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Breaking Down Dennis Dodd's Very Weird Penn State Column

Jerry Lai-USA TODAY Sports

I don't really break down the columns of sportswriters much any more, because everyone's entitled to their own opinion. But one of the few non-SEC matters that I've taken a pretty strong position on over the last couple of years is the NCAA's sanctions against Penn State -- which I support -- and Dennis Dodd's latest column against those sanctions is deeply weird.

So let's take a look, shall we?

But those Nittany Lions players are still suffering the same penalties that were handed down in 2012. Among them, a four-year bowl ban that affected young adults who had nothing to do with the scandal. That alone may have turned up the current heat on the NCAA and president Mark Emmert.

It's one thing to take four years to penalize Southern California or to take Jim Tressel out at the knees. It's another to tell those innocent Penn State players in a tangential way that they're going to be paying for the criminal sins of a predator.

First, I think that the twisting of the NCAA's investigative powers and what arguably amounts to an abuse of the legal system of the United States in the Miami case has more to do with the heat being turned up on Emmert, but whatever. Nobody ever likes the enforcer because he or she is the enforcer, so choose your reasons for hating him.

The next paragraph is where things start to get strange. Hurting kids who had nothing to do with the wrongdoing at Southern Cal -- which basically boiled down to extra benefits for one player -- and punishing kids who had nothing to do with Ohio State players getting discounted tattoos is not as bad as punishing kids who had nothing to do with an athletics department's efforts to cover up sexual abuse committed by a high-ranking employee. Got it.

Really, though, all this is just the warm-up for what Dennis Dodd is trying to say here: The NCAA should repeal its punishments against Penn State because they've won football games. Really.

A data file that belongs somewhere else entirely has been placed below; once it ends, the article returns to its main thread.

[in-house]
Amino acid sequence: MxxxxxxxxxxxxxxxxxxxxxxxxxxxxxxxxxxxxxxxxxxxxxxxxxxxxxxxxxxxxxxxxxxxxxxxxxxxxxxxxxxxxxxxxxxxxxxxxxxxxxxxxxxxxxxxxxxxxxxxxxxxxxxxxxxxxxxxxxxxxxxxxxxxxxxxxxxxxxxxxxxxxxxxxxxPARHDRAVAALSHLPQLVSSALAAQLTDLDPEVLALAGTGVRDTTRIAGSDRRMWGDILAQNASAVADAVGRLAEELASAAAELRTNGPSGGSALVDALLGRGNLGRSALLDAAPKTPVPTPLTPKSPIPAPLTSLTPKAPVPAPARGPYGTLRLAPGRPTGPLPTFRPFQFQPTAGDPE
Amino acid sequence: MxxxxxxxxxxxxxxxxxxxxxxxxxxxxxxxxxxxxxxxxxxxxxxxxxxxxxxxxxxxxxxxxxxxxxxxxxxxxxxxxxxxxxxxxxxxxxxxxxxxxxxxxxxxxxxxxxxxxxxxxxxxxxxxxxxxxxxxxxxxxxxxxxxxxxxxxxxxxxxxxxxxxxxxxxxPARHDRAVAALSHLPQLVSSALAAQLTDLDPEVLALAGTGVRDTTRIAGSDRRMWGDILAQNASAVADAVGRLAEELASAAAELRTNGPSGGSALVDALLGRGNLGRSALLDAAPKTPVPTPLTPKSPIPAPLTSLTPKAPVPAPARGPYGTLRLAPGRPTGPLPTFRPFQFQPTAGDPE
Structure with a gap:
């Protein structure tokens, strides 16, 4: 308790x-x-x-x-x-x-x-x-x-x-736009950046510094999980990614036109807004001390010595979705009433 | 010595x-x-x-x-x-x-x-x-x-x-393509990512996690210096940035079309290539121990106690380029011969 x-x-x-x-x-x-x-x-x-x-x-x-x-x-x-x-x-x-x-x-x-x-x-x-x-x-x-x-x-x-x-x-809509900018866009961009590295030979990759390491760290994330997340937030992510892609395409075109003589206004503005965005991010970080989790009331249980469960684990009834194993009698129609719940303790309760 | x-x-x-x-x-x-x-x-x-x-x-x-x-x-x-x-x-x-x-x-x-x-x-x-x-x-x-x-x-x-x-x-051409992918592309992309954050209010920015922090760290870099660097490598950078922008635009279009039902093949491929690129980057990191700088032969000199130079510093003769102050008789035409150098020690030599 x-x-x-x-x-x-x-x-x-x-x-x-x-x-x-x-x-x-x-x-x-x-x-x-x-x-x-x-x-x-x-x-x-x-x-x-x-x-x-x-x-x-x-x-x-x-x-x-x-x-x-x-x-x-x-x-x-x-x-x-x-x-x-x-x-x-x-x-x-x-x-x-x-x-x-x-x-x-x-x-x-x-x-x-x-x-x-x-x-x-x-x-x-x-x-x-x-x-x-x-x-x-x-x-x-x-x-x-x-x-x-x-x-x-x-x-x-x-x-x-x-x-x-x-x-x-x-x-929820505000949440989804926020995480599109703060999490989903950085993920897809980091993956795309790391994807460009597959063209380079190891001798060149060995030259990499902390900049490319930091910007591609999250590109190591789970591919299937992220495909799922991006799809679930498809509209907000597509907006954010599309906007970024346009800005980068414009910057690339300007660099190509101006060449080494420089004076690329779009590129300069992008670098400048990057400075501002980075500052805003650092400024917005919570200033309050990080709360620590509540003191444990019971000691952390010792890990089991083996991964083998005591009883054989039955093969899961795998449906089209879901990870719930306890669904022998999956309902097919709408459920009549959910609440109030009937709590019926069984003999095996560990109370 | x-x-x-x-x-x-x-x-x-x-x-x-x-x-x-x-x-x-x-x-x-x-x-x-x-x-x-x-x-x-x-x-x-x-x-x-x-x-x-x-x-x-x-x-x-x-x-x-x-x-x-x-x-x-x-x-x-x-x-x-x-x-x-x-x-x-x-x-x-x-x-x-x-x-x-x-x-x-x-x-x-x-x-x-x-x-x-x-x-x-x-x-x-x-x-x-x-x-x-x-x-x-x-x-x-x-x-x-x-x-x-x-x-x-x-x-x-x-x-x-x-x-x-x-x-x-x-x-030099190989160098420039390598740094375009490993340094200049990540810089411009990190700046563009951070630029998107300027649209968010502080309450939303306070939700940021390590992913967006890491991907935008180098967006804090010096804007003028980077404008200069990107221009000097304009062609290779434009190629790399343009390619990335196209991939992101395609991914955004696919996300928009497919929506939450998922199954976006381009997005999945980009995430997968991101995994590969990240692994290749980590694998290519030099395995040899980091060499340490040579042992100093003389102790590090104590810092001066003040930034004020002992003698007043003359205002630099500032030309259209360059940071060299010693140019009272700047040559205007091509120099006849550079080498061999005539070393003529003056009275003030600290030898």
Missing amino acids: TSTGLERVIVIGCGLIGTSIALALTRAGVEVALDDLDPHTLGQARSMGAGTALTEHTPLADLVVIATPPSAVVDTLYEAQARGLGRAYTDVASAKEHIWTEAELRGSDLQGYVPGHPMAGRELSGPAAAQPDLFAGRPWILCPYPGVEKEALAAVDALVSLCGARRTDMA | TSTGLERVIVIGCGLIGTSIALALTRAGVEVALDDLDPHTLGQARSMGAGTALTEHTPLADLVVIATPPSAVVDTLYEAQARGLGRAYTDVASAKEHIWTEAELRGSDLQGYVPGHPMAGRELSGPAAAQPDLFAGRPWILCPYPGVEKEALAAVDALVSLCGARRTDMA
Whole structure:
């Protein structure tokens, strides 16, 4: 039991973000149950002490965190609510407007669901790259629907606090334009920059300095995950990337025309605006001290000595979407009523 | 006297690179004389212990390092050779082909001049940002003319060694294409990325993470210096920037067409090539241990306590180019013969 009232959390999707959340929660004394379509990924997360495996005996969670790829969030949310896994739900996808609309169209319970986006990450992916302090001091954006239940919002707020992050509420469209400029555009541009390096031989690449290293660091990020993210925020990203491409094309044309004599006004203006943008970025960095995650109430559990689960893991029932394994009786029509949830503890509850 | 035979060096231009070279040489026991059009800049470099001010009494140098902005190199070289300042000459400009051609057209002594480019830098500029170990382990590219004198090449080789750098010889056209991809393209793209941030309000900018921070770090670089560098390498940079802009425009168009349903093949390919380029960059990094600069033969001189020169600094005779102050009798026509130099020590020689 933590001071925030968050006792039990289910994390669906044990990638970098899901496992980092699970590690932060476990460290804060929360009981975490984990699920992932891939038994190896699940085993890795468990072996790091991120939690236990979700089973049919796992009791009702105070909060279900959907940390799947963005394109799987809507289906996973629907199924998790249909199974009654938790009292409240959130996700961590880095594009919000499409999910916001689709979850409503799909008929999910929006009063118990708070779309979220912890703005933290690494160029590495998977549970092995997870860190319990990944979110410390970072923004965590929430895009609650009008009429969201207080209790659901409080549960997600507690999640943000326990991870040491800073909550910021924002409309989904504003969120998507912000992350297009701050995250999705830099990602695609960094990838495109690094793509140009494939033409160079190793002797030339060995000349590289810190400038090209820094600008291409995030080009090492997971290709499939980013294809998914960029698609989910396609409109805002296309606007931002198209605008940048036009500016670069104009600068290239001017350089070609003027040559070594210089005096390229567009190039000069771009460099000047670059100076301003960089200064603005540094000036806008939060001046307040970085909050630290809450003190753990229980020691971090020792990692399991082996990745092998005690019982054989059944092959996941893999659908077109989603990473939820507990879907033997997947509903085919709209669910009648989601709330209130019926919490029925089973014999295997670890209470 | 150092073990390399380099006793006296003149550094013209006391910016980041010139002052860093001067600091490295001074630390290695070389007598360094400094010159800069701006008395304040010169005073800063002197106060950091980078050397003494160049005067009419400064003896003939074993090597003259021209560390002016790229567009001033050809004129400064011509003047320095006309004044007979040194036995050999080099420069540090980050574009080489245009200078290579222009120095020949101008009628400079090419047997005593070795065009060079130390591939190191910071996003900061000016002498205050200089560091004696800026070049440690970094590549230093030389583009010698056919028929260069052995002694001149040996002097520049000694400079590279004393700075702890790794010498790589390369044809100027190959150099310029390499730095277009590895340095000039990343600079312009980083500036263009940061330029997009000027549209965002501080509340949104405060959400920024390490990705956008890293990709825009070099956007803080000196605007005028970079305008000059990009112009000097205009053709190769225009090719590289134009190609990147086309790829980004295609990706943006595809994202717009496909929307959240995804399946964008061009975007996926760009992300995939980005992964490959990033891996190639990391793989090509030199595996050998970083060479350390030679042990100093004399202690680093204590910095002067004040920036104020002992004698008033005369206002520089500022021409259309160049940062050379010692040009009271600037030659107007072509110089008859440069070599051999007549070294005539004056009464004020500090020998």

Bill O'Brien kept the program afloat, winning eight and seven games despite having no postseason to sell to his players or recruits.

That's 15 wins, the same amount as a fully loaded Michigan had in the same two seasons. ...

It looks like NCAA's attempted arson of the program will be doused. There's a future for Penn State football, something that couldn't be assured two years ago. In that sense, the ongoing lesson is that the NCAA never should have punished the innocents in the locker ro[o]m.

I don't know that I've ever heard anyone make the case that someone's punishment should be made more lenient because it hasn't hurt them enough, but that's the logic here. It's so bad, but it's not as bad as people thought it would be, so repeal it? Couldn't you just as easily say that the program has survived with less of a letdown than SMU, meaning that the NCAA balanced sending a message to the program and others like it without completely obliterating Penn State?

And why even bring up win totals? What does that have to do with anything? The dispute over the sanctions handed down to Penn State is about the jurisdiction of the NCAA and whether the Association had a moral responsibility to act -- not whether or not Penn State can win. It's all rather bizarre.

Penn State integrity monitor George Mitchell is close to issuing another update on the school's compliance progress. The NCAA assigned a lengthy list of targets for the school to adhere to in the wake of Sandusky (Athletics Integrity Agreement).

Last year's Mitchell report (see above) was encouraging, as was a December update. A similar favorable report must lead the NCAA to rescind the remaining two years of the bowl ban.

Congratulations, Penn State; you've managed to not cover up the monstrous crimes of twisted individuals for a whole two years now. You deserve a humanitarian award, or something!

But if you're not convinced yet, that's only because Dodd has yet to break out his best point yet.

Ending this Penn State affair is not only common sense, it's good business sense for the NCAA. A group of five congressmen wrote Emmert recently asking that all the Penn State penalties be dropped.

It's interesting to note here what Dodd apparently forgot to note: That all five of the congressmen in question are from Pennsylvania. I'm sure that there's not the slightest bit of election-year political grandstanding going on there.

Setting that aside, though, let's look again at the essence of what Dodd says here. Dropping the Penn State sanctions amounts to "good business sense." Forget the fact that Penn State covered up violent acts, possibly helping to allow crimes against children to continue -- THINK ABOUT THE BENJAMINS.

One of the things I try very hard to do -- I don't always succeed, but I try very hard -- is to understand the views of people I don't agree with. There are some valid reasons to consider dropping NCAA sanctions; I disagree with all of them, but they exist.

Few of those reasons appear in Dennis Dodd's column. Winning and business sense aren't what's wrong with the NCAA sanctions against Penn State. They are why those sanctions were necessary to begin with.